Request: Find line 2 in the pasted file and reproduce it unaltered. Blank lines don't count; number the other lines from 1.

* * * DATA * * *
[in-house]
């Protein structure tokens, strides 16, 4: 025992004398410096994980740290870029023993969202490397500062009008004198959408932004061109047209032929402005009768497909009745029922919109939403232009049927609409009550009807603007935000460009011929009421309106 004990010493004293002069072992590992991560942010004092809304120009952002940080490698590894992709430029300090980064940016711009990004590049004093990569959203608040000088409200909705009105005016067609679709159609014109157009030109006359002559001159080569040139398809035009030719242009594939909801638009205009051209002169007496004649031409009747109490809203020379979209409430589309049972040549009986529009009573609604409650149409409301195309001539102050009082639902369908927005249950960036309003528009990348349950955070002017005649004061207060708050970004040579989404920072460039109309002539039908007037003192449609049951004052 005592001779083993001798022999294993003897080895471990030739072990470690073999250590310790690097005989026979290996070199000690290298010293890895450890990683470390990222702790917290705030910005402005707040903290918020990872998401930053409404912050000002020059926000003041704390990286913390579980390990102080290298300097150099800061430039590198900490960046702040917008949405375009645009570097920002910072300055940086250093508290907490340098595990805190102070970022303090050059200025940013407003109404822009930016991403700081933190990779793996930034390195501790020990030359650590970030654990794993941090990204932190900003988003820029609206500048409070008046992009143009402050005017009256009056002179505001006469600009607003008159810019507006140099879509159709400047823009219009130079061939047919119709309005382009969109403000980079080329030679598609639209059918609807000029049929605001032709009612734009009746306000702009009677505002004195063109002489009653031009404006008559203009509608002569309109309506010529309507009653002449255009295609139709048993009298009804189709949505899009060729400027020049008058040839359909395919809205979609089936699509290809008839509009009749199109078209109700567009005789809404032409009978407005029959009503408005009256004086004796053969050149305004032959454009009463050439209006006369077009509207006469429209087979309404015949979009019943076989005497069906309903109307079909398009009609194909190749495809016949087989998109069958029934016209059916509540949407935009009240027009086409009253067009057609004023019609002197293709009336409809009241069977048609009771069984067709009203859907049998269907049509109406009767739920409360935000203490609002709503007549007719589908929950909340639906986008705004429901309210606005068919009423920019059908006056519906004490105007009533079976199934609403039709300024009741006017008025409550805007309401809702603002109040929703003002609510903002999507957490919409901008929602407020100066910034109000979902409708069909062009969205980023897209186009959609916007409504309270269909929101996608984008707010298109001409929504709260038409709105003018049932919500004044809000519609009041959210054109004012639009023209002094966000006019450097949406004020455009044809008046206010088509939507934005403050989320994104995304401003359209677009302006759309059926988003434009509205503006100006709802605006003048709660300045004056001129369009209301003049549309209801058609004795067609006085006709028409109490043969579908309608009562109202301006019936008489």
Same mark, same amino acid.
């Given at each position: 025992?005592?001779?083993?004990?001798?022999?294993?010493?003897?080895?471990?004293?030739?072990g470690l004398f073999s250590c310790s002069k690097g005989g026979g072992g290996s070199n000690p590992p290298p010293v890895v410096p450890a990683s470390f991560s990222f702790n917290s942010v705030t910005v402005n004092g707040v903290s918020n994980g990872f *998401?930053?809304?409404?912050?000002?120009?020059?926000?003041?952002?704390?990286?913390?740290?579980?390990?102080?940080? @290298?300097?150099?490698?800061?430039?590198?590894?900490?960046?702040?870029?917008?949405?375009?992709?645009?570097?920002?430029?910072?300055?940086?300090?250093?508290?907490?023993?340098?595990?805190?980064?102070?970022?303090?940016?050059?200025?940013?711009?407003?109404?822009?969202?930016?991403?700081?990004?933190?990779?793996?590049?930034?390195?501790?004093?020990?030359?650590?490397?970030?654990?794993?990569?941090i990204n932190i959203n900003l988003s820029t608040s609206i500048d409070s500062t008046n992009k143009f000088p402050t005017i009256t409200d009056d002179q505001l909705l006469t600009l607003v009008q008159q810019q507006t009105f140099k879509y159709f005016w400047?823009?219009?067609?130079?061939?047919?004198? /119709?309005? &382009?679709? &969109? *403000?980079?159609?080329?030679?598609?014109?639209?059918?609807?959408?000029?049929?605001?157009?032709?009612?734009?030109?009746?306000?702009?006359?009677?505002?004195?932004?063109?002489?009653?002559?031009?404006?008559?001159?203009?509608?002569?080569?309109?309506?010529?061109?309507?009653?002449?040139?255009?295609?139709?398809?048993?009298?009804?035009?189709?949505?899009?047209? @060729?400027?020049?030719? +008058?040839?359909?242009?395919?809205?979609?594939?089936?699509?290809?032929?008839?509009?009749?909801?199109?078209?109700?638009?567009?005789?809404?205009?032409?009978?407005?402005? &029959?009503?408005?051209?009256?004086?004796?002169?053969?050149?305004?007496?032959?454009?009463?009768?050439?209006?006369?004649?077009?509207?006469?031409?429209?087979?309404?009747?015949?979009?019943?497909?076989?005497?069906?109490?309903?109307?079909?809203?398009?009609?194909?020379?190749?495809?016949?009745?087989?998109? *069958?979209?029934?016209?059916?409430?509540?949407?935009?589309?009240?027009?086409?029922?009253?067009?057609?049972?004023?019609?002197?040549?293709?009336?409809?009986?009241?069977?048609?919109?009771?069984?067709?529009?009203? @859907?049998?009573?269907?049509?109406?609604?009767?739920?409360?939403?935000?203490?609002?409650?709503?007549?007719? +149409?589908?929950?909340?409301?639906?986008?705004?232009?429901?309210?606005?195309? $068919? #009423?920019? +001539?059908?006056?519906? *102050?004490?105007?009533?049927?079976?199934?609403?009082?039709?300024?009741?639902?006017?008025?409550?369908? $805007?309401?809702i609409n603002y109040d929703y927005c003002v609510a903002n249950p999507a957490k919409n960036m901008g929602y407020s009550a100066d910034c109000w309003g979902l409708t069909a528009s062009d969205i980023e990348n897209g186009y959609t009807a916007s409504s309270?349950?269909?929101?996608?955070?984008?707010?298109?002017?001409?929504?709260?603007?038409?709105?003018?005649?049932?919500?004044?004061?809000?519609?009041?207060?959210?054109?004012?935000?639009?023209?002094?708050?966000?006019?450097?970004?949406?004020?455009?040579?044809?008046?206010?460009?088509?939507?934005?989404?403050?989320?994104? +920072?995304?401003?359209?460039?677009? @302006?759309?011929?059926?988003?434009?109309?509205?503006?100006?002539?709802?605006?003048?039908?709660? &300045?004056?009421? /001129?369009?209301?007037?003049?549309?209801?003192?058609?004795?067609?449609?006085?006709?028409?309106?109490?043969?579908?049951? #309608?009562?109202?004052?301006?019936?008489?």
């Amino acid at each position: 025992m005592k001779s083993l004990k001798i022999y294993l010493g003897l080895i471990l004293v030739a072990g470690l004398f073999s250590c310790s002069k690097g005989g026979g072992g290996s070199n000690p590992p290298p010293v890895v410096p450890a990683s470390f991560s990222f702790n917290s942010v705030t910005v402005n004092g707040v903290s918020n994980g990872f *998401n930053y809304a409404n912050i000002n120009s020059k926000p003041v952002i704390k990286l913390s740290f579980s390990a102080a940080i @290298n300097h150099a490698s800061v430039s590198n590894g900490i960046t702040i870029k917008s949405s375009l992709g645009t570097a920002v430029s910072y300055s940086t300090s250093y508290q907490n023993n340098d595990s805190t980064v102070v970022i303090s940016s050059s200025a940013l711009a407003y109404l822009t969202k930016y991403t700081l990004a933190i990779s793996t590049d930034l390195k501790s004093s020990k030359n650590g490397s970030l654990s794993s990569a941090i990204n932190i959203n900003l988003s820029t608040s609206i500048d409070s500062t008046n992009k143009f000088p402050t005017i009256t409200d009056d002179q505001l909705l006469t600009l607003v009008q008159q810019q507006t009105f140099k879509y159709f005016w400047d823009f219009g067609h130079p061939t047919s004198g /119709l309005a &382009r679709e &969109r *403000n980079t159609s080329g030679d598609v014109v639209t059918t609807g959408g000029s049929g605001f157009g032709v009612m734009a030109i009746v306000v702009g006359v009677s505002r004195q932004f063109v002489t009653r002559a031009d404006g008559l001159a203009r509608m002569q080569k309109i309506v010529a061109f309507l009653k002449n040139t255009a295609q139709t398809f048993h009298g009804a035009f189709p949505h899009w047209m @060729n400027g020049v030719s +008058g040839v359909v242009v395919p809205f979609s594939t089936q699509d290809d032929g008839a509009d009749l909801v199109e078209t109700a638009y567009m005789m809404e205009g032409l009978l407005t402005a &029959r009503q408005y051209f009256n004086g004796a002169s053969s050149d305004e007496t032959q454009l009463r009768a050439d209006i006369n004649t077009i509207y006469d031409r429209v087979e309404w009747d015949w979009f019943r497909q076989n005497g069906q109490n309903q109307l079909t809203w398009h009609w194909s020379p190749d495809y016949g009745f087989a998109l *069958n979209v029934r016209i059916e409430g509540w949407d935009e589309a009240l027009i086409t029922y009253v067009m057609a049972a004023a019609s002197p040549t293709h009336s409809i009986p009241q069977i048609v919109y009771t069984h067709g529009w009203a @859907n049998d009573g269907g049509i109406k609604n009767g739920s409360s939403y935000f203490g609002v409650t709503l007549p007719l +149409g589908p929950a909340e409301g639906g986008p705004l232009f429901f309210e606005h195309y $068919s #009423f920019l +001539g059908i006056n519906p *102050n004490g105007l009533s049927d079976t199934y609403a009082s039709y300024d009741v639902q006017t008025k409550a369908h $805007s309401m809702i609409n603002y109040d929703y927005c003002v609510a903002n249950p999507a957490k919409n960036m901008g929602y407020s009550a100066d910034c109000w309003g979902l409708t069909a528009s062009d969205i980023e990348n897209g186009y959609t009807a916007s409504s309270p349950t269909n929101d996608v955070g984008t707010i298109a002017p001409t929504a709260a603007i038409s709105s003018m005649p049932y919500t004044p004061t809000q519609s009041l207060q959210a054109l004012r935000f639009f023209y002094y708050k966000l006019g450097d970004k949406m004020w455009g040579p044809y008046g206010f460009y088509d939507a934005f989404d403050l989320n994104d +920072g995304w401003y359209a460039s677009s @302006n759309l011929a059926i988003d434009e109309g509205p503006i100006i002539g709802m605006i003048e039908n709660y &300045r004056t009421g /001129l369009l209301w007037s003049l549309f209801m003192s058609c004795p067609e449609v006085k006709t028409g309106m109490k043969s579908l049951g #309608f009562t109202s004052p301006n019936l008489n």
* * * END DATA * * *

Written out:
């Protein structure tokens, strides 16, 4: 025992004398410096994980740290870029023993969202490397500062009008004198959408932004061109047209032929402005009768497909009745029922919109939403232009049927609409009550009807603007935000460009011929009421309106 004990010493004293002069072992590992991560942010004092809304120009952002940080490698590894992709430029300090980064940016711009990004590049004093990569959203608040000088409200909705009105005016067609679709159609014109157009030109006359002559001159080569040139398809035009030719242009594939909801638009205009051209002169007496004649031409009747109490809203020379979209409430589309049972040549009986529009009573609604409650149409409301195309001539102050009082639902369908927005249950960036309003528009990348349950955070002017005649004061207060708050970004040579989404920072460039109309002539039908007037003192449609049951004052 005592001779083993001798022999294993003897080895471990030739072990470690073999250590310790690097005989026979290996070199000690290298010293890895450890990683470390990222702790917290705030910005402005707040903290918020990872998401930053409404912050000002020059926000003041704390990286913390579980390990102080290298300097150099800061430039590198900490960046702040917008949405375009645009570097920002910072300055940086250093508290907490340098595990805190102070970022303090050059200025940013407003109404822009930016991403700081933190990779793996930034390195501790020990030359650590970030654990794993941090990204932190900003988003820029609206500048409070008046992009143009402050005017009256009056002179505001006469600009607003008159810019507006140099879509159709400047823009219009130079061939047919119709309005382009969109403000980079080329030679598609639209059918609807000029049929605001032709009612734009009746306000702009009677505002004195063109002489009653031009404006008559203009509608002569309109309506010529309507009653002449255009295609139709048993009298009804189709949505899009060729400027020049008058040839359909395919809205979609089936699509290809008839509009009749199109078209109700567009005789809404032409009978407005029959009503408005009256004086004796053969050149305004032959454009009463050439209006006369077009509207006469429209087979309404015949979009019943076989005497069906309903109307079909398009009609194909190749495809016949087989998109069958029934016209059916509540949407935009009240027009086409009253067009057609004023019609002197293709009336409809009241069977048609009771069984067709009203859907049998269907049509109406009767739920409360935000203490609002709503007549007719589908929950909340639906986008705004429901309210606005068919009423920019059908006056519906004490105007009533079976199934609403039709300024009741006017008025409550805007309401809702603002109040929703003002609510903002999507957490919409901008929602407020100066910034109000979902409708069909062009969205980023897209186009959609916007409504309270269909929101996608984008707010298109001409929504709260038409709105003018049932919500004044809000519609009041959210054109004012639009023209002094966000006019450097949406004020455009044809008046206010088509939507934005403050989320994104995304401003359209677009302006759309059926988003434009509205503006100006709802605006003048709660300045004056001129369009209301003049549309209801058609004795067609006085006709028409109490043969579908309608009562109202301006019936008489």